A man and a woman awaken to find themselves captured in a cellar. As their kidnapper drives them psychologically mad, the truth about their horrific abduction is revealed.
Adds nothing new, but it's a hell of a lot better than the Saw sequels!
I have to admit that I probably wouldn't have gone to cinema to see
this film if it wasn't for all the unneeded controversy surrounding
it's marketing campaign in the USA, but I guess that's a good thing as
it shows that the people who initiate that sort of thing usually just
end up helping the film in question to reach a wider audience. I have
to say that whoever it was that made such a fuss about the posters did
me a favour, as while Captivity isn't exactly a modern masterpiece;
it's certainly a decent little horror thriller, and I'm glad I went to
see it. The film focuses solely around Jennifer Tree, an actress who is
abducted and thrown into a basement dungeon from which there is no
escape and she is continually watched over by the psychopath who
abducted her; a man who also enjoys putting her through all manner of
sadistic and brutal torturing. Hope arises when she finds a man in the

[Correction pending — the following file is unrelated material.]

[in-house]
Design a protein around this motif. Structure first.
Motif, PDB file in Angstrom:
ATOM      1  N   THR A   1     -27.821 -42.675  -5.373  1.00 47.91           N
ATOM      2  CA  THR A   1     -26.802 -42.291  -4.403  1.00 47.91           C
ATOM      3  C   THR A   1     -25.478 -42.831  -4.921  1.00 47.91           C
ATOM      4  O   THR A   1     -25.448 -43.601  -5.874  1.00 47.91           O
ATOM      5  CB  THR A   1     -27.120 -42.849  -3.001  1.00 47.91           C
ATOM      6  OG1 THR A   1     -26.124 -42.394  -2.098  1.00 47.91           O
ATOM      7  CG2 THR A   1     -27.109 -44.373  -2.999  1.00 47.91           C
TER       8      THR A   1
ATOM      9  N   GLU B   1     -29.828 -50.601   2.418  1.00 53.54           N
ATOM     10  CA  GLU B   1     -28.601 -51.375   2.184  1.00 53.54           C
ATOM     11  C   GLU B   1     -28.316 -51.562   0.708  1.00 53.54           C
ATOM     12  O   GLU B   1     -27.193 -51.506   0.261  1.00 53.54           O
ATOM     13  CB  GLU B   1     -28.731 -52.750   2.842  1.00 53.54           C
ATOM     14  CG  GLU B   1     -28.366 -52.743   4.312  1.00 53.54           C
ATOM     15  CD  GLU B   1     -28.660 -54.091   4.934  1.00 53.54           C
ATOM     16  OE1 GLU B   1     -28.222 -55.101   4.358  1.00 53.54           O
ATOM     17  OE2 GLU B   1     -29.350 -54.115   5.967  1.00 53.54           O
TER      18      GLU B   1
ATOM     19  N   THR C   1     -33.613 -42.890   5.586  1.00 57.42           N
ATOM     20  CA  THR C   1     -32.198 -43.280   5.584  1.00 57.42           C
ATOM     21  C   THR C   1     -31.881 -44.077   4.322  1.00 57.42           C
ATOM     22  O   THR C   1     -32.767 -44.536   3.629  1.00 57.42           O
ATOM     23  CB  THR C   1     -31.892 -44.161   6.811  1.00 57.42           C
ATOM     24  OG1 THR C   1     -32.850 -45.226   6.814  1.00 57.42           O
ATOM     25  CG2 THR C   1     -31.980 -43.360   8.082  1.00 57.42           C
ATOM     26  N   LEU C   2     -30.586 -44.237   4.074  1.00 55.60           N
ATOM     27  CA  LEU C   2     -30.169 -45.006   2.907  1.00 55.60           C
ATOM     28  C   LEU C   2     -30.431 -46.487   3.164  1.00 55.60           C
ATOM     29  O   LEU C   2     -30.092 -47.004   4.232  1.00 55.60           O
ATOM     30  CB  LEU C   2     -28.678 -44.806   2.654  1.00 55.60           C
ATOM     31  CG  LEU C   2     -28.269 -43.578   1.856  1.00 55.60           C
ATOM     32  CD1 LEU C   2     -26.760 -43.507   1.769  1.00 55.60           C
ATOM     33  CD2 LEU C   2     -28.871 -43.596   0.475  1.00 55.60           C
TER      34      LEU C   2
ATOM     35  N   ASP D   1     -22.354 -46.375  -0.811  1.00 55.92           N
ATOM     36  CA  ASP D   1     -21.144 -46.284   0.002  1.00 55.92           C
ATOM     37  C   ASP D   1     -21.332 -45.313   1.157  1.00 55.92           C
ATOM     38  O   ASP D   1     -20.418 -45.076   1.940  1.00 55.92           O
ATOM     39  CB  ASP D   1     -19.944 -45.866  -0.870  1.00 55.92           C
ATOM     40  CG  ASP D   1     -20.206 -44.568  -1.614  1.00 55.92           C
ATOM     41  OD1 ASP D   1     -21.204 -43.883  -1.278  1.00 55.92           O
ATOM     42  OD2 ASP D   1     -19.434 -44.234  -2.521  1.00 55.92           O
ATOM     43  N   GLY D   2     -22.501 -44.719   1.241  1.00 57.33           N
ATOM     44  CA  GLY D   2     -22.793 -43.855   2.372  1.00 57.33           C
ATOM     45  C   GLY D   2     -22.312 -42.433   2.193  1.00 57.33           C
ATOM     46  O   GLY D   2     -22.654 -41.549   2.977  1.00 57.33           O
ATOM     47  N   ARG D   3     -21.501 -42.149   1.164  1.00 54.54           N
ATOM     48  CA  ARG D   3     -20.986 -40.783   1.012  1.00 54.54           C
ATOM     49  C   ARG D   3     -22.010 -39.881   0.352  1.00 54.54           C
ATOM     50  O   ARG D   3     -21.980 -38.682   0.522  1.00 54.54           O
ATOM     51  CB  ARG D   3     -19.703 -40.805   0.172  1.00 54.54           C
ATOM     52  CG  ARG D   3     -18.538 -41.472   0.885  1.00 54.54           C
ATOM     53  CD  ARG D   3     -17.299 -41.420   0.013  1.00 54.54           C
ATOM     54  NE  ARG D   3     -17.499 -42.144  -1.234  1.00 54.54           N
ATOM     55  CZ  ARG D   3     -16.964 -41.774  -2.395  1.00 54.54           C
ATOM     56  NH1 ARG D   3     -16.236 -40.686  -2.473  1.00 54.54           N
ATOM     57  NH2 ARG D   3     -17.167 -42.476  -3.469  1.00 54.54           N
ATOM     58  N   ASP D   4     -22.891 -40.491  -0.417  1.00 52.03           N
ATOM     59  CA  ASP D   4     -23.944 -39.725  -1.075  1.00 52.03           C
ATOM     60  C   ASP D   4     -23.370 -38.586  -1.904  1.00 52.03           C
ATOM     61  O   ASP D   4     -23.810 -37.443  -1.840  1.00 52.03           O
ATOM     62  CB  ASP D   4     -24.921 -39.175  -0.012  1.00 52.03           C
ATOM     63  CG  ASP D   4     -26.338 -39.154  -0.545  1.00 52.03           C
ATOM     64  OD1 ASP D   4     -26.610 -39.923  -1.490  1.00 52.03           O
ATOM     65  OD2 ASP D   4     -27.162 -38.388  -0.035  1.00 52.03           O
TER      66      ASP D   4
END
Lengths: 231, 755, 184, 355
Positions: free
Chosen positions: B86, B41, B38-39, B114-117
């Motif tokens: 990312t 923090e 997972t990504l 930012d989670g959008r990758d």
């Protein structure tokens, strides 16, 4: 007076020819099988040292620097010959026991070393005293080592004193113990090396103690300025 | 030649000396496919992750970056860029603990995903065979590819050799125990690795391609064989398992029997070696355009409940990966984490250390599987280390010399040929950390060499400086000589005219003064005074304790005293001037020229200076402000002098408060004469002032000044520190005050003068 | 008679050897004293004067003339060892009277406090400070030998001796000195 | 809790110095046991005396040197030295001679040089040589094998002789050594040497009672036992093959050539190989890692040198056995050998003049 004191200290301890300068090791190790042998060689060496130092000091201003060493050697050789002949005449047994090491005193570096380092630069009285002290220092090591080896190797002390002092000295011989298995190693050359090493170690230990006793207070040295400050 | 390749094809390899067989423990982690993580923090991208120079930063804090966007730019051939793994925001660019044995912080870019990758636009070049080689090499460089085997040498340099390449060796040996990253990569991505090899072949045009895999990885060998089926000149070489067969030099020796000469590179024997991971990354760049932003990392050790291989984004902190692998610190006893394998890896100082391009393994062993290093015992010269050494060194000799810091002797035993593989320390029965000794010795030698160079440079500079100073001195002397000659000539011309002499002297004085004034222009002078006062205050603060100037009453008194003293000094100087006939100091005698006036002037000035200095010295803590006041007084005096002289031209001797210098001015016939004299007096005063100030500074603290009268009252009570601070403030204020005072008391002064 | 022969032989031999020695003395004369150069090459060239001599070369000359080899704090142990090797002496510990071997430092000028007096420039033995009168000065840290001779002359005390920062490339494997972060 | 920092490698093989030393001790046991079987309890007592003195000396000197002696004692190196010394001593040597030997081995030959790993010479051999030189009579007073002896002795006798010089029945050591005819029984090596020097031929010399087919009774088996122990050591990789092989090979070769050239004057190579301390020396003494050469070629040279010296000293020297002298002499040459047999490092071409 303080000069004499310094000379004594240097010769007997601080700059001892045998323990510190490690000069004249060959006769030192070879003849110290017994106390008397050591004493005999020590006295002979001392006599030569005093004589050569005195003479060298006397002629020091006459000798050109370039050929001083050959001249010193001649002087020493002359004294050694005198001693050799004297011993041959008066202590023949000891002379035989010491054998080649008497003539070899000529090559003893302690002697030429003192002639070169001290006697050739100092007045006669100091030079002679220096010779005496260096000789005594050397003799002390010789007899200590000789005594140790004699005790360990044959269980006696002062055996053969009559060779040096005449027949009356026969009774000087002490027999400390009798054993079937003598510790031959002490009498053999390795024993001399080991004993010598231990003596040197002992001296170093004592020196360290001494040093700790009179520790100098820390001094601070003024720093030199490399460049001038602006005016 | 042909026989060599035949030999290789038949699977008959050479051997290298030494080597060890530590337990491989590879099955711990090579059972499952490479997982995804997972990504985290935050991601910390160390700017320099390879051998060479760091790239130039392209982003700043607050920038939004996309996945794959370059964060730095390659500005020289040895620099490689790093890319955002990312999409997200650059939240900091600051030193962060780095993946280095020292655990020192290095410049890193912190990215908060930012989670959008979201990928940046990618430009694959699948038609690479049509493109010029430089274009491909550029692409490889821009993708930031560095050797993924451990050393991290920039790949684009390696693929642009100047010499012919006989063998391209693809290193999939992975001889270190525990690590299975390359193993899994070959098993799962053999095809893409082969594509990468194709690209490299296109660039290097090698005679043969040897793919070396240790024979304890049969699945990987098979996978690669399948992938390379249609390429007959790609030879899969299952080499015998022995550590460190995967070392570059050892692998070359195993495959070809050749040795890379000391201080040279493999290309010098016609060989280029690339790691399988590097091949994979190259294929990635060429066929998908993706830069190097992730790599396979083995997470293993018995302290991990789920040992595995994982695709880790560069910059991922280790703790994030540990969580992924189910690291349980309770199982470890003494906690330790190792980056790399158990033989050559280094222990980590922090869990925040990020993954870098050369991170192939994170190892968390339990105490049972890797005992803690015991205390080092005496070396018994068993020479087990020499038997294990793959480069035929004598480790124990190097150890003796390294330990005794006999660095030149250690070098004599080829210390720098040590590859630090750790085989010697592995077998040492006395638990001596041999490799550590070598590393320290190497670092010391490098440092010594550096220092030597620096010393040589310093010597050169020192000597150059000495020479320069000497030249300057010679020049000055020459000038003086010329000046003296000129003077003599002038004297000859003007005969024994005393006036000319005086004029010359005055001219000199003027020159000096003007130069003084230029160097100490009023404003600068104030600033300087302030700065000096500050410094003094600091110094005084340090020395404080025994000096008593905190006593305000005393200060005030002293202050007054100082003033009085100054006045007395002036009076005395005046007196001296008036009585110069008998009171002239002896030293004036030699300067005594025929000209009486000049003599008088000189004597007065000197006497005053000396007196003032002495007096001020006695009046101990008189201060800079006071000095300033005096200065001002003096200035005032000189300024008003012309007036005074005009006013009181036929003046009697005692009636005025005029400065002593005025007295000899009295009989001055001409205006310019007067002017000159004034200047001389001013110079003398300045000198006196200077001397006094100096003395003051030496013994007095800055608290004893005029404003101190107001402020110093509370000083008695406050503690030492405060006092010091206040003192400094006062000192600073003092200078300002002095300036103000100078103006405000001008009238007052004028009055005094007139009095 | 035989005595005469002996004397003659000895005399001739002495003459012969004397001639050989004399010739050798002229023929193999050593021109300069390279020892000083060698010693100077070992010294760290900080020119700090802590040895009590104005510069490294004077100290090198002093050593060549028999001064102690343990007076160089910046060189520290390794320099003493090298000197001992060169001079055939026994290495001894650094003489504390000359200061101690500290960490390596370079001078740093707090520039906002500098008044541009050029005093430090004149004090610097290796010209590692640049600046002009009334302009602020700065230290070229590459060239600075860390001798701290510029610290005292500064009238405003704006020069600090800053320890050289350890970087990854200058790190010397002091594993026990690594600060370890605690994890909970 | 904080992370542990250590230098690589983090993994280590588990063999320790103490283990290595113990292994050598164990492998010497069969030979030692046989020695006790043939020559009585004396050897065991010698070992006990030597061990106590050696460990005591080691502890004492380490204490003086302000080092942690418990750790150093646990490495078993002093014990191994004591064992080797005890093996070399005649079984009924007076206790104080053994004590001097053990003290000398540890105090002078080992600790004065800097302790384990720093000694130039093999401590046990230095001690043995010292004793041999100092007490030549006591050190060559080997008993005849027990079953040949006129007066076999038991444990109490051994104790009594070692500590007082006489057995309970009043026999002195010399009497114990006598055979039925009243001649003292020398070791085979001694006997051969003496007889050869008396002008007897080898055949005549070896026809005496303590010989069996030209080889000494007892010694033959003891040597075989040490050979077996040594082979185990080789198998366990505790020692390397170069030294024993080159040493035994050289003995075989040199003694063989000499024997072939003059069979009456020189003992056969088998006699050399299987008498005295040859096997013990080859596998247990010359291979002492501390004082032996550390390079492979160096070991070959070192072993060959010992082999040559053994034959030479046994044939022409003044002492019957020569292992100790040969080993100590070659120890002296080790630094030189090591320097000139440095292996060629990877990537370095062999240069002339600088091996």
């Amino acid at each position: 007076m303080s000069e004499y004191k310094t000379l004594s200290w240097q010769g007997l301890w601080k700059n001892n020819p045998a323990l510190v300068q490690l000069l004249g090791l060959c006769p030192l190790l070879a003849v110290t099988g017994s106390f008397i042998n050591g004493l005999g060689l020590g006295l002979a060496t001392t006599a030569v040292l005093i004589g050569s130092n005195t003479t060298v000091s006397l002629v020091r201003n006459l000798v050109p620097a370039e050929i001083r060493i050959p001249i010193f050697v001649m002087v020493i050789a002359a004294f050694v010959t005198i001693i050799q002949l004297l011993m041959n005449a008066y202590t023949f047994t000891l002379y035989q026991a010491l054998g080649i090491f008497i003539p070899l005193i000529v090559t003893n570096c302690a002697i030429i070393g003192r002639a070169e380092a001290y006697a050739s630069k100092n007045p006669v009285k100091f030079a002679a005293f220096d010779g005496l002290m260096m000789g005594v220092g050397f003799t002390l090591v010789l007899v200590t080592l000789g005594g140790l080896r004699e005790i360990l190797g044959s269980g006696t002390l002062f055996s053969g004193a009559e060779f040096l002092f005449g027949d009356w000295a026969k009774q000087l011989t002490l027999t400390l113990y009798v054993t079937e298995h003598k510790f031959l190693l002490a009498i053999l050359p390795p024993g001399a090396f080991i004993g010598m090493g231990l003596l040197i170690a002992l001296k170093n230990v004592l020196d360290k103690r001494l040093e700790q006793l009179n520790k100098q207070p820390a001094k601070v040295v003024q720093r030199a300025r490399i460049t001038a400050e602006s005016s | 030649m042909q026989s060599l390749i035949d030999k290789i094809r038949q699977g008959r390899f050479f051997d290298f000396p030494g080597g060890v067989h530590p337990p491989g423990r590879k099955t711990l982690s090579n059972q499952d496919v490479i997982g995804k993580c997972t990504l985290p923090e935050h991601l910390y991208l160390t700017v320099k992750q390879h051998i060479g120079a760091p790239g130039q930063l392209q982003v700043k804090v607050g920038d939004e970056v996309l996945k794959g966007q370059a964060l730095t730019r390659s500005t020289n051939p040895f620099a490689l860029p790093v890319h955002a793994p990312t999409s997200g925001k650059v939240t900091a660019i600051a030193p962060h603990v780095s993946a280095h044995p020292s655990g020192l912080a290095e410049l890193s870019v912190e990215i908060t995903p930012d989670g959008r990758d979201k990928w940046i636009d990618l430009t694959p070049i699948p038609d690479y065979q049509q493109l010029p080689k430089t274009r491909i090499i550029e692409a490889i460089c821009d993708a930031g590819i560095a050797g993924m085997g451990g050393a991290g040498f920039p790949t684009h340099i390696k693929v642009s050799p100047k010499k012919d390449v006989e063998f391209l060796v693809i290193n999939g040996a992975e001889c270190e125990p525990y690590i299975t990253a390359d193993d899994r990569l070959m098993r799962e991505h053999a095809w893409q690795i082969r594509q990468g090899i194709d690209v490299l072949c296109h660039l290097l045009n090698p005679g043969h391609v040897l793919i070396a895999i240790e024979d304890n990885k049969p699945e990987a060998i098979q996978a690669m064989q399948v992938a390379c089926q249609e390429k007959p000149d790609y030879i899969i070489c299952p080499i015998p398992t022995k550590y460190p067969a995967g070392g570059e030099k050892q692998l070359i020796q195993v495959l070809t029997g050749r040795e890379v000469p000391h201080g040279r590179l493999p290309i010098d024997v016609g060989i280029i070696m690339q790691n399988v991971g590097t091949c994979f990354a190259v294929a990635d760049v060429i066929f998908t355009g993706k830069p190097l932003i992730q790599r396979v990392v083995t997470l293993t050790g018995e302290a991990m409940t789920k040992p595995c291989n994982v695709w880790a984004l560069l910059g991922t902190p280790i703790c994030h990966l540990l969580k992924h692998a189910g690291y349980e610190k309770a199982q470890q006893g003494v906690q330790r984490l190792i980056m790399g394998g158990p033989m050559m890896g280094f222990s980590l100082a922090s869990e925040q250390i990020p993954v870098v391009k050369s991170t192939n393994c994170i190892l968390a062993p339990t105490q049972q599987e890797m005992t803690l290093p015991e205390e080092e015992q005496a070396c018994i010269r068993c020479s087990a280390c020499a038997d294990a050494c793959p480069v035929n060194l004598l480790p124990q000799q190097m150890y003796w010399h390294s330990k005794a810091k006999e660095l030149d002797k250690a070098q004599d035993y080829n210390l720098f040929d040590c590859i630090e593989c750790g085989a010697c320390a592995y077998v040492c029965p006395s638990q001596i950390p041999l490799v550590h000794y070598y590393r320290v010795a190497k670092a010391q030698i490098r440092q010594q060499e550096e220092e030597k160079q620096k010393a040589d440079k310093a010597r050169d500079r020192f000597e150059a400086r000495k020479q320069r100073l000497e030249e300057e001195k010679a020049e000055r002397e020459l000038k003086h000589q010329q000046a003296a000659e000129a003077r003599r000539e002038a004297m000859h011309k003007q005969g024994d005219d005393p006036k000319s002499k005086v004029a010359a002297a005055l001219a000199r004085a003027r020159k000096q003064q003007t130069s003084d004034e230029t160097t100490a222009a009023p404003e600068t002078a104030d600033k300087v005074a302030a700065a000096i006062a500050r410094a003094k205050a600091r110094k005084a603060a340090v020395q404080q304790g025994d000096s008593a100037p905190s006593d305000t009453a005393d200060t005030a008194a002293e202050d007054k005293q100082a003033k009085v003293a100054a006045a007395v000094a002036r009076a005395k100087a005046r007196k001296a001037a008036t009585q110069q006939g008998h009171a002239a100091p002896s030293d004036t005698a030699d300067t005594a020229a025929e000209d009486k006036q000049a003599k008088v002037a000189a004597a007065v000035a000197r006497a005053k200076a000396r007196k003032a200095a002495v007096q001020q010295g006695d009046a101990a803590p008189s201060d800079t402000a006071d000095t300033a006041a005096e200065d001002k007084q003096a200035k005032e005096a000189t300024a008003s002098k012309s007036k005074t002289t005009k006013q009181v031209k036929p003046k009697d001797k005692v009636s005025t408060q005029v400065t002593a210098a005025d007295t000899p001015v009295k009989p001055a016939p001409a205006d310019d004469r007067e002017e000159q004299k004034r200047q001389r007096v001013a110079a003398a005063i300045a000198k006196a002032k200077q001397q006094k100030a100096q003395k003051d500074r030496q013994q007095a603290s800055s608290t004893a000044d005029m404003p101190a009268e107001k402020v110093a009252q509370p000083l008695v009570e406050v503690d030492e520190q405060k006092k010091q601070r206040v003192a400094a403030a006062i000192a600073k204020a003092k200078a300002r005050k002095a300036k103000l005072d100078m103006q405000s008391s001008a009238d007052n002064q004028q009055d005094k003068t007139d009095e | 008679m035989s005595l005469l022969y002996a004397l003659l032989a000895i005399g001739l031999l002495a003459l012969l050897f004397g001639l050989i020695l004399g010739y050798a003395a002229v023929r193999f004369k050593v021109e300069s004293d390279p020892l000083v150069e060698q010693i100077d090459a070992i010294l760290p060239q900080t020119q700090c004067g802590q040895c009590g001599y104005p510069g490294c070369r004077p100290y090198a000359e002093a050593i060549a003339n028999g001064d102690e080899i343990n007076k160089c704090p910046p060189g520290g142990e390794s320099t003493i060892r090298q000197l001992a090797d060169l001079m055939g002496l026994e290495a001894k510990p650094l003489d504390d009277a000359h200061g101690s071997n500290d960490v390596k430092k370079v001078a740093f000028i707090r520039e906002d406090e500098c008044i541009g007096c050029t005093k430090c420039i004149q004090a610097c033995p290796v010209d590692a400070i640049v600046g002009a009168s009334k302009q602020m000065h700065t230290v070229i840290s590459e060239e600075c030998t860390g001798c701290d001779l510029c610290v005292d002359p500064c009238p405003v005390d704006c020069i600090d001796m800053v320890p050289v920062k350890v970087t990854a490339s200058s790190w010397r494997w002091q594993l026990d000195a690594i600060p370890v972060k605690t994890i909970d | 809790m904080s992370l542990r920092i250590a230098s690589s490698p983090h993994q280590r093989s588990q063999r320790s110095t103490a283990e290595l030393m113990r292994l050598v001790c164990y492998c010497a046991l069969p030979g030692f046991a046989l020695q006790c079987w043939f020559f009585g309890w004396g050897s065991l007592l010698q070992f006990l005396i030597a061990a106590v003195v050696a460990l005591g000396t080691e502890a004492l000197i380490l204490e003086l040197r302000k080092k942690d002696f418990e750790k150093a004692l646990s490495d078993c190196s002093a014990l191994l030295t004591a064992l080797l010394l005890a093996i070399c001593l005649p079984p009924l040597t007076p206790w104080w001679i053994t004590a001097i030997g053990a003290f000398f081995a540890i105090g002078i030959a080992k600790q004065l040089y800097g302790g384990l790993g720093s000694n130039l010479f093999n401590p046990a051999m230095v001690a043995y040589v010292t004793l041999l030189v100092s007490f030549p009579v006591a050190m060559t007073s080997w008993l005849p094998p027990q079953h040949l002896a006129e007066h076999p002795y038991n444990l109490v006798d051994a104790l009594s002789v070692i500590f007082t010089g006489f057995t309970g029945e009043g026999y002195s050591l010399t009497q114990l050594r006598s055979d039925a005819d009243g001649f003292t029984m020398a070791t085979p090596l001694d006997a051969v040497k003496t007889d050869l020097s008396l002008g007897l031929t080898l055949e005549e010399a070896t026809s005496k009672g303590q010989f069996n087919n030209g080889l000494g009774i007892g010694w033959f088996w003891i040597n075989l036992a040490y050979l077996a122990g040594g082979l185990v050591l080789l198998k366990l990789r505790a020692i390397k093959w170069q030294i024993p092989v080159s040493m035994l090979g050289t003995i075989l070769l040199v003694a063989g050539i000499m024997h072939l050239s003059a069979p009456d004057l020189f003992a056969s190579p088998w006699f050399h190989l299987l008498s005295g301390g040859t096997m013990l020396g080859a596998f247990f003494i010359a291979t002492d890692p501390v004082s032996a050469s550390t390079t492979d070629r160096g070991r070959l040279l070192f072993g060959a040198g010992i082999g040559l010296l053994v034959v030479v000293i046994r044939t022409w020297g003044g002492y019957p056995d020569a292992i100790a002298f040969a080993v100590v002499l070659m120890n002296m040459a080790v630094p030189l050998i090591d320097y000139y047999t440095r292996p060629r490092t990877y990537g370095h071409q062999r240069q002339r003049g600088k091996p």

cell next to her, and together they attempt to escape from the dungeon.
But as they face more sadism and torture, it turns out that the
situation isn't all it seems.
This film is obviously catching on to the 'torture porn' film type that
seems to be dominating the horror genre recently (films such as Hostel
and Saw being at the forefront), but while this doesn't add anything
new; it is entertaining to watch, and that is really all that is
important from this sort of film. The film is, surprisingly, directed
by experienced director Roland Joffé, whose only other film I've seen
is the Oscar nominated "The Killing Fields" - and this is nothing like
it! (Though I'd say that's a good thing...). The screenplay was written
by the great Larry Cohen, who you can always count on for an
entertaining thrill ride, and while this isn't one of his best
attempts; I'd pretty much say he delivered (it's better than Cellular,
too). The twist in the middle can be seen coming a mile off, but that's
not important either as the handling after the twist is good and with
this, Cohen succeed in racketing the film up a notch. Captivity is very
short at just 85 minutes, but I'd rather it be on the short side than
feature a bucket load of filler like many films these days do. Overall,
I won't say this is brilliant or a classic; but it's a more than decent
horror thriller and I definitely recommend seeing it.